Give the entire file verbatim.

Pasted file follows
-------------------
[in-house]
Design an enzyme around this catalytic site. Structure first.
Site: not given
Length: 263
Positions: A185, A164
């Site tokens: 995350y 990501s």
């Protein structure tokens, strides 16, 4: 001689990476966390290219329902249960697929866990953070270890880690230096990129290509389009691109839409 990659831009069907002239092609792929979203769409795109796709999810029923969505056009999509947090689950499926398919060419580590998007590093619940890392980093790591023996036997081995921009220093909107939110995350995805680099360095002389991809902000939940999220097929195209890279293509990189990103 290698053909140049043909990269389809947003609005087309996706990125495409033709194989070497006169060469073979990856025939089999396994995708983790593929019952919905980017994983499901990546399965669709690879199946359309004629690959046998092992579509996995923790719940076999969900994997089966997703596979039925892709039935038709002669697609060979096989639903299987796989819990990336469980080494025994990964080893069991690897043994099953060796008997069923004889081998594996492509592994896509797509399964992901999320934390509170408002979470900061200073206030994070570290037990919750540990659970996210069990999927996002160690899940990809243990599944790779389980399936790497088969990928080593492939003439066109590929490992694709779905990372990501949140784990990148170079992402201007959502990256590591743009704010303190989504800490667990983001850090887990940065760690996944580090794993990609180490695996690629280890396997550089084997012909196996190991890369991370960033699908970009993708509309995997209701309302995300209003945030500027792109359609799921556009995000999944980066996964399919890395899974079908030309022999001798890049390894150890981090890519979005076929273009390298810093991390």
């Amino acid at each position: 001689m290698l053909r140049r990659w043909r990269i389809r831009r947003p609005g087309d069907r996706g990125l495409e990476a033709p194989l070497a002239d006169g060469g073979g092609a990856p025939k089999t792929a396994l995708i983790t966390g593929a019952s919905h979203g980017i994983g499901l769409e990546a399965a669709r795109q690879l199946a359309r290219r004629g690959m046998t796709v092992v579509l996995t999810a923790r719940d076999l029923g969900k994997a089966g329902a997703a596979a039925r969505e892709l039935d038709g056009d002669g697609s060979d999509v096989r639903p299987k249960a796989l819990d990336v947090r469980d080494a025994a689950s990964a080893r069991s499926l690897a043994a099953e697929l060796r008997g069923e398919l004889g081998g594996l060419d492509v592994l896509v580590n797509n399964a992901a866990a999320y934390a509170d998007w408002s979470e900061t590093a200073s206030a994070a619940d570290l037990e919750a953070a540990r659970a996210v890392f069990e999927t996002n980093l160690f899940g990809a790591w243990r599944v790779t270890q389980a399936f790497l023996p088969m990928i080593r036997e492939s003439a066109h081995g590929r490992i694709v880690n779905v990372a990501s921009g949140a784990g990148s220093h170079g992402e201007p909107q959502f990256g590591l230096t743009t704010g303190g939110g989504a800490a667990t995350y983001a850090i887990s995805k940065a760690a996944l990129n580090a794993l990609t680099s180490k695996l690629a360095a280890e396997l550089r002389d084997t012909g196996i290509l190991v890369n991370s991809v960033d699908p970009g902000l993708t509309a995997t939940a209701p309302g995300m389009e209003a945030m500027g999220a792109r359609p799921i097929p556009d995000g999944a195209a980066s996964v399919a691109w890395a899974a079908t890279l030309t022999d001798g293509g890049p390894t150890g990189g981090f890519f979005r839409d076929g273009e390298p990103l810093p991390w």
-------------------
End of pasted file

[in-house]
Design an enzyme around this catalytic site. Structure first.
Site: not given
Length: 263
Positions: A185, A164
């Site tokens: 995350y 990501s």
């Protein structure tokens, strides 16, 4: 001689990476966390290219329902249960697929866990953070270890880690230096990129290509389009691109839409 990659831009069907002239092609792929979203769409795109796709999810029923969505056009999509947090689950499926398919060419580590998007590093619940890392980093790591023996036997081995921009220093909107939110995350995805680099360095002389991809902000939940999220097929195209890279293509990189990103 290698053909140049043909990269389809947003609005087309996706990125495409033709194989070497006169060469073979990856025939089999396994995708983790593929019952919905980017994983499901990546399965669709690879199946359309004629690959046998092992579509996995923790719940076999969900994997089966997703596979039925892709039935038709002669697609060979096989639903299987796989819990990336469980080494025994990964080893069991690897043994099953060796008997069923004889081998594996492509592994896509797509399964992901999320934390509170408002979470900061200073206030994070570290037990919750540990659970996210069990999927996002160690899940990809243990599944790779389980399936790497088969990928080593492939003439066109590929490992694709779905990372990501949140784990990148170079992402201007959502990256590591743009704010303190989504800490667990983001850090887990940065760690996944580090794993990609180490695996690629280890396997550089084997012909196996190991890369991370960033699908970009993708509309995997209701309302995300209003945030500027792109359609799921556009995000999944980066996964399919890395899974079908030309022999001798890049390894150890981090890519979005076929273009390298810093991390």
């Amino acid at each position: 001689m290698l053909r140049r990659w043909r990269i389809r831009r947003p609005g087309d069907r996706g990125l495409e990476a033709p194989l070497a002239d006169g060469g073979g092609a990856p025939k089999t792929a396994l995708i983790t966390g593929a019952s919905h979203g980017i994983g499901l769409e990546a399965a669709r795109q690879l199946a359309r290219r004629g690959m046998t796709v092992v579509l996995t999810a923790r719940d076999l029923g969900k994997a089966g329902a997703a596979a039925r969505e892709l039935d038709g056009d002669g697609s060979d999509v096989r639903p299987k249960a796989l819990d990336v947090r469980d080494a025994a689950s990964a080893r069991s499926l690897a043994a099953e697929l060796r008997g069923e398919l004889g081998g594996l060419d492509v592994l896509v580590n797509n399964a992901a866990a999320y934390a509170d998007w408002s979470e900061t590093a200073s206030a994070a619940d570290l037990e919750a953070a540990r659970a996210v890392f069990e999927t996002n980093l160690f899940g990809a790591w243990r599944v790779t270890q389980a399936f790497l023996p088969m990928i080593r036997e492939s003439a066109h081995g590929r490992i694709v880690n779905v990372a990501s921009g949140a784990g990148s220093h170079g992402e201007p909107q959502f990256g590591l230096t743009t704010g303190g939110g989504a800490a667990t995350y983001a850090i887990s995805k940065a760690a996944l990129n580090a794993l990609t680099s180490k695996l690629a360095a280890e396997l550089r002389d084997t012909g196996i290509l190991v890369n991370s991809v960033d699908p970009g902000l993708t509309a995997t939940a209701p309302g995300m389009e209003a945030m500027g999220a792109r359609p799921i097929p556009d995000g999944a195209a980066s996964v399919a691109w890395a899974a079908t890279l030309t022999d001798g293509g890049p390894t150890g990189g981090f890519f979005r839409d076929g273009e390298p990103l810093p991390w």